Soccer fans might have been excited when it was announced that David Beckham would be coming to the United States to play for the Los Angeles Galaxy. But nobody was cheering louder than the executives in the fashion and beauty industries.
Becks could be a considerable force, especially in the men's grooming sector, which already is experiencing tremendous growth (worldwide sales rose from $26.3 billion in 2005 to $29.7 billion in 2006).
The term metrosexual, for whom Beckham was the poster boy, may be dead, but the man who cares about his skin, his shave and his wardrobe is not.
"Now, more than ever, men feel that it is important to take care of their skin," said Oneeka Botu, director of skin-care marketing for Clarins. "Today's man more than ever is more aware of how he looks and wants to look. Also, men have discovered what women have known all along - that you've got to take care of your skin if you want to look well-groomed."
Companies making men's skin-care and grooming products have kicked into high gear. Men who want to erase undereye circles, plump up fine lines and reduce pore size now don't have to filch from their girlfriend's or wife's medicine cabinet. Companies such as L'Oreal, Clarins, Kiehl's, Shiseido, Clinique, Lab Series for Men, Elemis, Anthony Logistics, Jack Black, Zirh, Sharps, Nickel, Molton Brown and Dior Homme have lines and products targeted to the XY set.
"The men's grooming category is growing at an extremely fast pace with new men's skin-care lines constantly being developed," said Rene Shepherd, men's skin-care merchant for Sephora. "Although shave still appears to be the No. 1 category, we have seen an increase in more specialized skin-care products for face, eyes and body. Products targeted to specific needs, such as razor bumps, are also proving to be very successful."
Men are growing more educated about grooming products and sophisticated in choices for their beauty needs.
"It's growing. By some estimates, the product side of the business is growing twice as fast as the women's side, albeit off a much lower base," said John Esposito, co-founder of Truman's Gentlemen's Groomers in New York. "Men, especially our clients, are buying better-quality product than they did in the past. They are starting to realize that there is a difference between soap on a rope and a high-quality cleanser."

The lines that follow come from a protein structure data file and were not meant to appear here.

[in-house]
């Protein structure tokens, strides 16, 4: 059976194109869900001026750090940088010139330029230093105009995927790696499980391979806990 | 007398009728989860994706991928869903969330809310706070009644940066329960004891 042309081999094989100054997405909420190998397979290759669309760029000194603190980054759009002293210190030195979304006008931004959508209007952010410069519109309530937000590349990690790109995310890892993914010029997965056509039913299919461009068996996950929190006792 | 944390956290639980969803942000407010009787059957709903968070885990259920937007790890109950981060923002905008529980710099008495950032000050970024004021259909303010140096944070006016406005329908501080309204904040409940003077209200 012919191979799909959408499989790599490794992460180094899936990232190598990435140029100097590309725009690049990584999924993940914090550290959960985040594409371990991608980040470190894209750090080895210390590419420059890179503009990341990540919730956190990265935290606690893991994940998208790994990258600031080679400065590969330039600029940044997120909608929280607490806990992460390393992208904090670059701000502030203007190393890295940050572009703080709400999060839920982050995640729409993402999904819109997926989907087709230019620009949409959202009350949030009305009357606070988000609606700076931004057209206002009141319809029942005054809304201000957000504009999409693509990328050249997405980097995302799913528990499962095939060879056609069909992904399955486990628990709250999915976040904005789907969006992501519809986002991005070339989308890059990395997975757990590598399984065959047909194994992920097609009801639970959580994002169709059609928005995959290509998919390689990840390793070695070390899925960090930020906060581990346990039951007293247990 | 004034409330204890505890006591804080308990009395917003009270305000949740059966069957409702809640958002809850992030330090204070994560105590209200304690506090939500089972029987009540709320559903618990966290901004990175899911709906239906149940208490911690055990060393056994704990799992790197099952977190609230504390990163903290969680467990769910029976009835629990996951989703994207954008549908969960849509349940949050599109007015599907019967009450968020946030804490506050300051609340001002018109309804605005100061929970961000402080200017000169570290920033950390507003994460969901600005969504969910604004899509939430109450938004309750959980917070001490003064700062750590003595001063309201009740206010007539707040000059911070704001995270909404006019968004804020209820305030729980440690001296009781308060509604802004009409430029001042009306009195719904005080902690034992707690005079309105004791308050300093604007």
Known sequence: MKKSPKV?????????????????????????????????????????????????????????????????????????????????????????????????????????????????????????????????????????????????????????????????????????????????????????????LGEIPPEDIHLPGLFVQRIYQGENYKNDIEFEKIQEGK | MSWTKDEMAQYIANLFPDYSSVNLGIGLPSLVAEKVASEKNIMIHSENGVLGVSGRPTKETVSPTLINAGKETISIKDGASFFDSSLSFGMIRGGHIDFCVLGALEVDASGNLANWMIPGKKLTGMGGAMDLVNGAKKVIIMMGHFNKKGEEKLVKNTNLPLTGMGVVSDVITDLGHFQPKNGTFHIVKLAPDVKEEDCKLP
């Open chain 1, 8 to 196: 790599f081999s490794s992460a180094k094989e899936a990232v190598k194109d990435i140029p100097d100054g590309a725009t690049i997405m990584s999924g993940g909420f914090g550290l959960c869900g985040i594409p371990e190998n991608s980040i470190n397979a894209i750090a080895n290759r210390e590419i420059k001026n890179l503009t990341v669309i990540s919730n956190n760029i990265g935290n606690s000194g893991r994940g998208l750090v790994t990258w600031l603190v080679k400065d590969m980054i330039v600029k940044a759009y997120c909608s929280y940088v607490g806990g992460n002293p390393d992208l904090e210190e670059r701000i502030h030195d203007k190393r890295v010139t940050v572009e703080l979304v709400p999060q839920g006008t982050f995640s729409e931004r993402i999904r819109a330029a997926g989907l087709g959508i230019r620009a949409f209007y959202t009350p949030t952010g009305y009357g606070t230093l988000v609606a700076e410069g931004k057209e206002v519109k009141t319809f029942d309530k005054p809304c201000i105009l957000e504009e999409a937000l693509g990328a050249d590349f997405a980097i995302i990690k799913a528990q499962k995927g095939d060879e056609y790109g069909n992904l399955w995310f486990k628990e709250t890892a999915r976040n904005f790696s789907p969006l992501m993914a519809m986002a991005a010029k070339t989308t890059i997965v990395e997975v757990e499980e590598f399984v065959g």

Not just smarter, men also are getting more experimental when it comes to grooming, Shepherd said. "Skin care has become such a huge focus in the beauty world, and because of the serious nature, men are not as embarrassed about purchasing these sorts of protective products," she said. "It also seems as though men are becoming a bit braver in their purchasing habits, especially since the emergence of metrosexuals."
Clarins monitors and analyzes what men are buying in order to stay on top of the business. The company has seen a huge jump in facial care, especially lip products, toners, clarifiers and anti-aging treatments.
"I think that men were experimenting in the early 2000s when there was a major focus on the men's beauty business," Botu said. "Today, a lot of men have discovered what they like and what works for them and are buying those products."
But it's not just younger bucks like Becks who are taking care of their skin. As men age, they are more likely to invest in more and better grooming products, Esposito said. "One of the biggest drivers behind the boom is the baby boomer generation. They are fitter and living longer. But with a longer, healthier life comes the need to work longer, and many of them actually have to date at later ages than they ever expected," he said. "Hence, the basic survival of the fittest response kicks in. Looking good is a competitive advantage."